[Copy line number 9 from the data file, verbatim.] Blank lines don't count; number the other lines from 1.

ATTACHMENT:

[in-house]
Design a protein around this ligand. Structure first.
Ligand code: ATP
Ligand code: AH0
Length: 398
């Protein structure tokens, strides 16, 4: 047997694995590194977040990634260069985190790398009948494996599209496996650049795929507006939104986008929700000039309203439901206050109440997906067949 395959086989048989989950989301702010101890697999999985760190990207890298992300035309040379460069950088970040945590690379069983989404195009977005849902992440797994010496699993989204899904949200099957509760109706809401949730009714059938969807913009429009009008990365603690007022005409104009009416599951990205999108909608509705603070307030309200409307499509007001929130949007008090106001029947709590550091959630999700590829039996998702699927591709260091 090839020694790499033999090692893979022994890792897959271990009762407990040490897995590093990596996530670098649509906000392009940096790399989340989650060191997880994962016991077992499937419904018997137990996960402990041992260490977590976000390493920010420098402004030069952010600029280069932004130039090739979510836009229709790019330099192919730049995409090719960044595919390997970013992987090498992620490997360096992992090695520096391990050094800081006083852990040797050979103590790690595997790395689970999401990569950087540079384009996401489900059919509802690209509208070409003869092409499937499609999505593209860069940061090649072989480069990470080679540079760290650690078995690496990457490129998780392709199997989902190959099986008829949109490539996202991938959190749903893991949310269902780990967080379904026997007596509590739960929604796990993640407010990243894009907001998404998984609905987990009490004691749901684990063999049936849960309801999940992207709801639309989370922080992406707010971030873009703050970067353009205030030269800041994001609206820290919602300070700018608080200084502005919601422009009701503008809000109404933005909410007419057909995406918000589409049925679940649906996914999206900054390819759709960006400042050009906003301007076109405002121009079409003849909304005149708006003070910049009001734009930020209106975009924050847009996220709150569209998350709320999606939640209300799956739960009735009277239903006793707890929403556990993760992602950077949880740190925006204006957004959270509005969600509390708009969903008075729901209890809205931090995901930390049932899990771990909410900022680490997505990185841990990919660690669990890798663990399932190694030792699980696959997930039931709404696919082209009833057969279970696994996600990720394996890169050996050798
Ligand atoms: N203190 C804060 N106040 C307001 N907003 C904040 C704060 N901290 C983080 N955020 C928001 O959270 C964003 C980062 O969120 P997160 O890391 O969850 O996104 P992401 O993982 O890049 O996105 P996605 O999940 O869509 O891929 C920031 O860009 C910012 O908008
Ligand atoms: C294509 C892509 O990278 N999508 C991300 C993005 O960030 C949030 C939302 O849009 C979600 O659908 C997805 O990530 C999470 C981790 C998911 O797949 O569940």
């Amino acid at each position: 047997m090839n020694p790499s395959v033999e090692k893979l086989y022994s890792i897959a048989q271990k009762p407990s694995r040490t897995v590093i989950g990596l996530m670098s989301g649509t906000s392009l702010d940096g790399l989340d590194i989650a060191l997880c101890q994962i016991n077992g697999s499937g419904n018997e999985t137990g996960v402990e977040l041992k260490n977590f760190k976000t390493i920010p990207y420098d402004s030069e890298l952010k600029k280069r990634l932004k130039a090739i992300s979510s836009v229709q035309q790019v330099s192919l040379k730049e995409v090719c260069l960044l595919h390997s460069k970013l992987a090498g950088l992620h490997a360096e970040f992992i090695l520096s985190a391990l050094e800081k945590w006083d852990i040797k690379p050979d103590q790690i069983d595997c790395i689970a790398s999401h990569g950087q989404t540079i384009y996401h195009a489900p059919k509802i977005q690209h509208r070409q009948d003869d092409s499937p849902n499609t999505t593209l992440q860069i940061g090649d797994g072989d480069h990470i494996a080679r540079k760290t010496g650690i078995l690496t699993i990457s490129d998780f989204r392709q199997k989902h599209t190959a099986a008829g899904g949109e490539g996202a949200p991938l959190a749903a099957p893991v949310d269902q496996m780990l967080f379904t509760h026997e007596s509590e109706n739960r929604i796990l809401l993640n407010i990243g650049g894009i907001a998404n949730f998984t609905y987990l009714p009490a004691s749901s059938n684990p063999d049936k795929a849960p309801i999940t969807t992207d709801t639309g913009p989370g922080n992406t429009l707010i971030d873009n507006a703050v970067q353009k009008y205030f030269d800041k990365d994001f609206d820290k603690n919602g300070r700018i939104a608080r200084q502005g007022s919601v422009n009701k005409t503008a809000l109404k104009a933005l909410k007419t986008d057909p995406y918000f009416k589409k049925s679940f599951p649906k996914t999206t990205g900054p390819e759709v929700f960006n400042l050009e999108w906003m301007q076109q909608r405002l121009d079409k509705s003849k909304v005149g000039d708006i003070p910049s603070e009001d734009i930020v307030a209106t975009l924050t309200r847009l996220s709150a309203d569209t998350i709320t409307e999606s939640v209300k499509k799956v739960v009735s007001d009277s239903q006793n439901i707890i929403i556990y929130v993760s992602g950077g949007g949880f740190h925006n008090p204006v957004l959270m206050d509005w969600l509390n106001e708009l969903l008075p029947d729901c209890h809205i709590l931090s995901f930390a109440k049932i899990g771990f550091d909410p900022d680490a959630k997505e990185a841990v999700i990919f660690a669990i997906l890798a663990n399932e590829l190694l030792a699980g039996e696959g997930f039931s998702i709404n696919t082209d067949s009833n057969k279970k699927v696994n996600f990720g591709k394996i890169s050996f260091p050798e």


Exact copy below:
């Amino acid at each position: 047997m090839n020694p790499s395959v033999e090692k893979l086989y022994s890792i897959a048989q271990k009762p407990s694995r040490t897995v590093i989950g990596l996530m670098s989301g649509t906000s392009l702010d940096g790399l989340d590194i989650a060191l997880c101890q994962i016991n077992g697999s499937g419904n018997e999985t137990g996960v402990e977040l041992k260490n977590f760190k976000t390493i920010p990207y420098d402004s030069e890298l952010k600029k280069r990634l932004k130039a090739i992300s979510s836009v229709q035309q790019v330099s192919l040379k730049e995409v090719c260069l960044l595919h390997s460069k970013l992987a090498g950088l992620h490997a360096e970040f992992i090695l520096s985190a391990l050094e800081k945590w006083d852990i040797k690379p050979d103590q790690i069983d595997c790395i689970a790398s999401h990569g950087q989404t540079i384009y996401h195009a489900p059919k509802i977005q690209h509208r070409q009948d003869d092409s499937p849902n499609t999505t593209l992440q860069i940061g090649d797994g072989d480069h990470i494996a080679r540079k760290t010496g650690i078995l690496t699993i990457s490129d998780f989204r392709q199997k989902h599209t190959a099986a008829g899904g949109e490539g996202a949200p991938l959190a749903a099957p893991v949310d269902q496996m780990l967080f379904t509760h026997e007596s509590e109706n739960r929604i796990l809401l993640n407010i990243g650049g894009i907001a998404n949730f998984t609905y987990l009714p009490a004691s749901s059938n684990p063999d049936k795929a849960p309801i999940t969807t992207d709801t639309g913009p989370g922080n992406t429009l707010i971030d873009n507006a703050v970067q353009k009008y205030f030269d800041k990365d994001f609206d820290k603690n919602g300070r700018i939104a608080r200084q502005g007022s919601v422009n009701k005409t503008a809000l109404k104009a933005l909410k007419t986008d057909p995406y918000f009416k589409k049925s679940f599951p649906k996914t999206t990205g900054p390819e759709v929700f960006n400042l050009e999108w906003m301007q076109q909608r405002l121009d079409k509705s003849k909304v005149g000039d708006i003070p910049s603070e009001d734009i930020v307030a209106t975009l924050t309200r847009l996220s709150a309203d569209t998350i709320t409307e999606s939640v209300k499509k799956v739960v009735s007001d009277s239903q006793n439901i707890i929403i556990y929130v993760s992602g950077g949007g949880f740190h925006n008090p204006v957004l959270m206050d509005w969600l509390n106001e708009l969903l008075p029947d729901c209890h809205i709590l931090s995901f930390a109440k049932i899990g771990f550091d909410p900022d680490a959630k997505e990185a841990v999700i990919f660690a669990i997906l890798a663990n399932e590829l190694l030792a699980g039996e696959g997930f039931s998702i709404n696919t082209d067949s009833n057969k279970k699927v696994n996600f990720g591709k394996i890169s050996f260091p050798e």